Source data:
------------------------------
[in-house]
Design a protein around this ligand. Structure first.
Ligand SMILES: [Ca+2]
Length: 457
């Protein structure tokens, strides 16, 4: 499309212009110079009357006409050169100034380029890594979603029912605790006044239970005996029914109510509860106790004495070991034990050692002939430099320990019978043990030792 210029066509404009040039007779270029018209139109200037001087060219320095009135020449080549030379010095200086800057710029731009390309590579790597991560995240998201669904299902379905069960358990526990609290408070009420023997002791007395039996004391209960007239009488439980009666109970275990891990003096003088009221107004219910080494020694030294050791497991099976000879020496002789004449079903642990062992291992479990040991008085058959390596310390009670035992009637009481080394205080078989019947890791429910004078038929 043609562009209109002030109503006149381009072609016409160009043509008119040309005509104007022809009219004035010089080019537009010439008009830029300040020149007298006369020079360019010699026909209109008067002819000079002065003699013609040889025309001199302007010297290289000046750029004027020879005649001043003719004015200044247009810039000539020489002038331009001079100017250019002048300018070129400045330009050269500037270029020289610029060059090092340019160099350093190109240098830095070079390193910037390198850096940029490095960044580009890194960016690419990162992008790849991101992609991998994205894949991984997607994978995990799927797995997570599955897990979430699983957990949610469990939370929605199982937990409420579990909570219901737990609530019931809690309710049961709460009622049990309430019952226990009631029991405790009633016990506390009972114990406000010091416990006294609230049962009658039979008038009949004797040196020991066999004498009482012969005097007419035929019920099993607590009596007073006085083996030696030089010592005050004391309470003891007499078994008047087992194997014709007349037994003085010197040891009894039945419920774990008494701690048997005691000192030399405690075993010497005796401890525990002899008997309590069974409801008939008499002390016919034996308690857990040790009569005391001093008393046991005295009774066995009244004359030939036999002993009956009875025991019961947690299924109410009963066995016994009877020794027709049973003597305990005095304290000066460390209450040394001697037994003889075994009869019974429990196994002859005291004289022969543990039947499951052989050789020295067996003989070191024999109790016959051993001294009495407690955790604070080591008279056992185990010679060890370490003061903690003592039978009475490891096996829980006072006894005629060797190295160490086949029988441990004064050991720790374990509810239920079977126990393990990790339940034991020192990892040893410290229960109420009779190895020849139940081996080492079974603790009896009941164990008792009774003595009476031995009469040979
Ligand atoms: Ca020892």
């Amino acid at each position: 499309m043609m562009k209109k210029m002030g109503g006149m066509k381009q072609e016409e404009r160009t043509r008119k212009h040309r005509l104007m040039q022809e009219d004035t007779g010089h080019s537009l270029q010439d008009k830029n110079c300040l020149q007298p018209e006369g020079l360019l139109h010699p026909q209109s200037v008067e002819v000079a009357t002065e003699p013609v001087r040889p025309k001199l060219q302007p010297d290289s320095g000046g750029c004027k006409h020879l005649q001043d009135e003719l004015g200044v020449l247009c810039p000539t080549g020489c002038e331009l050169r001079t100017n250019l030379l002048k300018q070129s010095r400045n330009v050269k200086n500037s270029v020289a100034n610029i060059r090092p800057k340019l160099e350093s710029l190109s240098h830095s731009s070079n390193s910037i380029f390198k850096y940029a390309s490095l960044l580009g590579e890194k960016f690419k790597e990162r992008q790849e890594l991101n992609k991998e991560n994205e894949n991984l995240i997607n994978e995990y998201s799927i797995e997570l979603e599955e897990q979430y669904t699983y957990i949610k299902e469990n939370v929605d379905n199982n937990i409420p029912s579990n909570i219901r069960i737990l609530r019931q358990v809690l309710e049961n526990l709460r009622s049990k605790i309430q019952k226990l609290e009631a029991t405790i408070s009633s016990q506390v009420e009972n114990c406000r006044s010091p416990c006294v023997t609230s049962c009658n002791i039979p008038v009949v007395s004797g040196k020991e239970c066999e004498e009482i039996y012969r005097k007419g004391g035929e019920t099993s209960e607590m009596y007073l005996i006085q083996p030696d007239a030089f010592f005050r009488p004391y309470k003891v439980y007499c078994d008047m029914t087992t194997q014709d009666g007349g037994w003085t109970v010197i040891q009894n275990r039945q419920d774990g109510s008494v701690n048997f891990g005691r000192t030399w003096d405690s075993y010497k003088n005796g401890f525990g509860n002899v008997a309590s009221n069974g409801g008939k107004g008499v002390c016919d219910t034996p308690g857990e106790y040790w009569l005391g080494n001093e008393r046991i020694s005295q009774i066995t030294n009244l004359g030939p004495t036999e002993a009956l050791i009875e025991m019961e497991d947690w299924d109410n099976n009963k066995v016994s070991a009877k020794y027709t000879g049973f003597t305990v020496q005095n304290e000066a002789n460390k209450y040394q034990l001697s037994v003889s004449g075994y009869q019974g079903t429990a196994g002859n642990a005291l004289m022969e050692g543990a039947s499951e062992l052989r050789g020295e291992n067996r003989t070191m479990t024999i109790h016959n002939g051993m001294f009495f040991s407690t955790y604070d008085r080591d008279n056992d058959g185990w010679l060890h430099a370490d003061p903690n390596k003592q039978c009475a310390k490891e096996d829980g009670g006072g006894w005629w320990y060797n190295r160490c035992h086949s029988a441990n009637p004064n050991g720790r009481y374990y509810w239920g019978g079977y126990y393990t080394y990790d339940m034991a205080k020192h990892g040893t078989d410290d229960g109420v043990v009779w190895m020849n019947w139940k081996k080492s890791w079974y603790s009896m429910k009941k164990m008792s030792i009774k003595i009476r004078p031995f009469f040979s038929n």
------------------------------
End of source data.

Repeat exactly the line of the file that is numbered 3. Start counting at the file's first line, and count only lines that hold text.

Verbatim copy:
Ligand SMILES: [Ca+2]